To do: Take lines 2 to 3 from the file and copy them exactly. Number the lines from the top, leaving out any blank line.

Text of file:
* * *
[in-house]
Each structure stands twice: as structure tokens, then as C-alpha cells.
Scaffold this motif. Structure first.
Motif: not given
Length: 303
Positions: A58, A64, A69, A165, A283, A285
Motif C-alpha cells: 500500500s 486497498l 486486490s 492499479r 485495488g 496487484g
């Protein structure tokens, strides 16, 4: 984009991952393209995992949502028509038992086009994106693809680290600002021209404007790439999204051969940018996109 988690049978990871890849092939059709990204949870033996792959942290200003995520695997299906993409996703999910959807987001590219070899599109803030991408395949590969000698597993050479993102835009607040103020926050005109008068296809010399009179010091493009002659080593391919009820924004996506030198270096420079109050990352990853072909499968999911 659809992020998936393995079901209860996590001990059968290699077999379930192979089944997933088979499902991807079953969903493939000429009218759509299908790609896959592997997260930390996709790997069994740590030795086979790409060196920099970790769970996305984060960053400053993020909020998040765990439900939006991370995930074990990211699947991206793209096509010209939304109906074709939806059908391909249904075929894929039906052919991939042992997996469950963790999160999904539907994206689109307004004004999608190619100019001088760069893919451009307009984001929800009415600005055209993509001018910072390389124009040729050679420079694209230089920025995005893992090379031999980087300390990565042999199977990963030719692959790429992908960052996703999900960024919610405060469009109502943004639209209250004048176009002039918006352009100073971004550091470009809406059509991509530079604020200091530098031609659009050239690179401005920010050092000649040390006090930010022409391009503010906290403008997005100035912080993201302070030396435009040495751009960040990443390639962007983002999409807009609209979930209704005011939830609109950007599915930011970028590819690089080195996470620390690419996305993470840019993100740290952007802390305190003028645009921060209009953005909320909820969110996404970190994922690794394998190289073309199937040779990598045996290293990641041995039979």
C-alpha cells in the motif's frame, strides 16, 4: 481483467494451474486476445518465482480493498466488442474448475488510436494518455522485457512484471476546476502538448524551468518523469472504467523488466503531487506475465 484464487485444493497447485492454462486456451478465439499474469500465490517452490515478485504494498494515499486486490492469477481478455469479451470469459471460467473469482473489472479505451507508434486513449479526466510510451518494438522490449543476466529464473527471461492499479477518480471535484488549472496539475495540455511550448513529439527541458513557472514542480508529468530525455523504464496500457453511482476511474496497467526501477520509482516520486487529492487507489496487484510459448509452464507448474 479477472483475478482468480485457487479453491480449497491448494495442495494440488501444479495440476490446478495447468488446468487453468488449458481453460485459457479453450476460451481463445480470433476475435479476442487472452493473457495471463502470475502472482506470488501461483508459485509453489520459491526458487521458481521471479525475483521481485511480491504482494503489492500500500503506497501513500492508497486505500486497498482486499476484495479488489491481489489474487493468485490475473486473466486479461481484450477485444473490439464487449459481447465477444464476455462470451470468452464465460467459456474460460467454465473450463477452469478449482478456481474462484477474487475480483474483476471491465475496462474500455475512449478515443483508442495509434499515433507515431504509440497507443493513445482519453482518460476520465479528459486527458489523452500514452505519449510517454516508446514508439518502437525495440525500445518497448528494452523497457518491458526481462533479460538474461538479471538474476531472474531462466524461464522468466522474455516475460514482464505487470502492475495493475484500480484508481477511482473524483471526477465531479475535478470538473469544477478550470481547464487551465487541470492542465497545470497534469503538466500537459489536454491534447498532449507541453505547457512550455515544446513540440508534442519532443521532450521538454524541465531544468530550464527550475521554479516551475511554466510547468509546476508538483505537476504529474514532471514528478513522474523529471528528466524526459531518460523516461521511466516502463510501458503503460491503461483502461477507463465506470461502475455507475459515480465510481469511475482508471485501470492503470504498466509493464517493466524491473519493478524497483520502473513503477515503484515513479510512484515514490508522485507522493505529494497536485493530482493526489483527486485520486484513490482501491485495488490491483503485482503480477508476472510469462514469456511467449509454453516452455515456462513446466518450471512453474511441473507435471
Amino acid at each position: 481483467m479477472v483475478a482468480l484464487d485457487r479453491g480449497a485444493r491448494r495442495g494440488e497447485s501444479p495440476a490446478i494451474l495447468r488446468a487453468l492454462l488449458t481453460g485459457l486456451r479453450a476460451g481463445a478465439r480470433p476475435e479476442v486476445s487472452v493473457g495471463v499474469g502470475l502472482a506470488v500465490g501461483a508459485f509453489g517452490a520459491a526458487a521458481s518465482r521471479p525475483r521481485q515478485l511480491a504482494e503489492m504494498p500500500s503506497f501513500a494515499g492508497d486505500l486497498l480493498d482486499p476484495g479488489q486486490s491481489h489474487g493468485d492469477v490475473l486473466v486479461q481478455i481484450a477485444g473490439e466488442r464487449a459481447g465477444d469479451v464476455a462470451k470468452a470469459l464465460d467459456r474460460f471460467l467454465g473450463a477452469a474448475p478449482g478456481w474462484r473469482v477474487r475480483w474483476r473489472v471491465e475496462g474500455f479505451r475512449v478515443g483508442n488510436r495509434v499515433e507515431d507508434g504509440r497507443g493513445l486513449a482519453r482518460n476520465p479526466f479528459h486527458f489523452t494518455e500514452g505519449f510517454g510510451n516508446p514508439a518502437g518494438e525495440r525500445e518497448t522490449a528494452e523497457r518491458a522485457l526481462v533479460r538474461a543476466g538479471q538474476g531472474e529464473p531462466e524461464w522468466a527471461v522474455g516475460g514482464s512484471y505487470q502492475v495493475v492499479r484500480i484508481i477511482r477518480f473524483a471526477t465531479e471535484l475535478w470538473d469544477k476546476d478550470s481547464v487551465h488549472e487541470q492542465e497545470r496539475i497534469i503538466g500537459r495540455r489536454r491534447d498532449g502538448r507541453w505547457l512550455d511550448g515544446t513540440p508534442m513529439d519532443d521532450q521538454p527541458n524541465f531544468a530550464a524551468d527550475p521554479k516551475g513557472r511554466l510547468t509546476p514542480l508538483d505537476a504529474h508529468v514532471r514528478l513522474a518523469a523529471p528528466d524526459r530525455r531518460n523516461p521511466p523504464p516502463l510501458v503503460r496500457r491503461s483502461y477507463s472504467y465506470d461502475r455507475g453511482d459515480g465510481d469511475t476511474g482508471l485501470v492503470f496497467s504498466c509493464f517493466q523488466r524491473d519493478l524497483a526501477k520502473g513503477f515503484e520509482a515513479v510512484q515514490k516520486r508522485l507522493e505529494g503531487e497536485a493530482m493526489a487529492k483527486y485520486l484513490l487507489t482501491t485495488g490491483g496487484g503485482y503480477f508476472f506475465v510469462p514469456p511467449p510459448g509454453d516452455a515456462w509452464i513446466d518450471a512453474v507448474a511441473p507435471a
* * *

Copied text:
Each structure stands twice: as structure tokens, then as C-alpha cells.
Scaffold this motif. Structure first.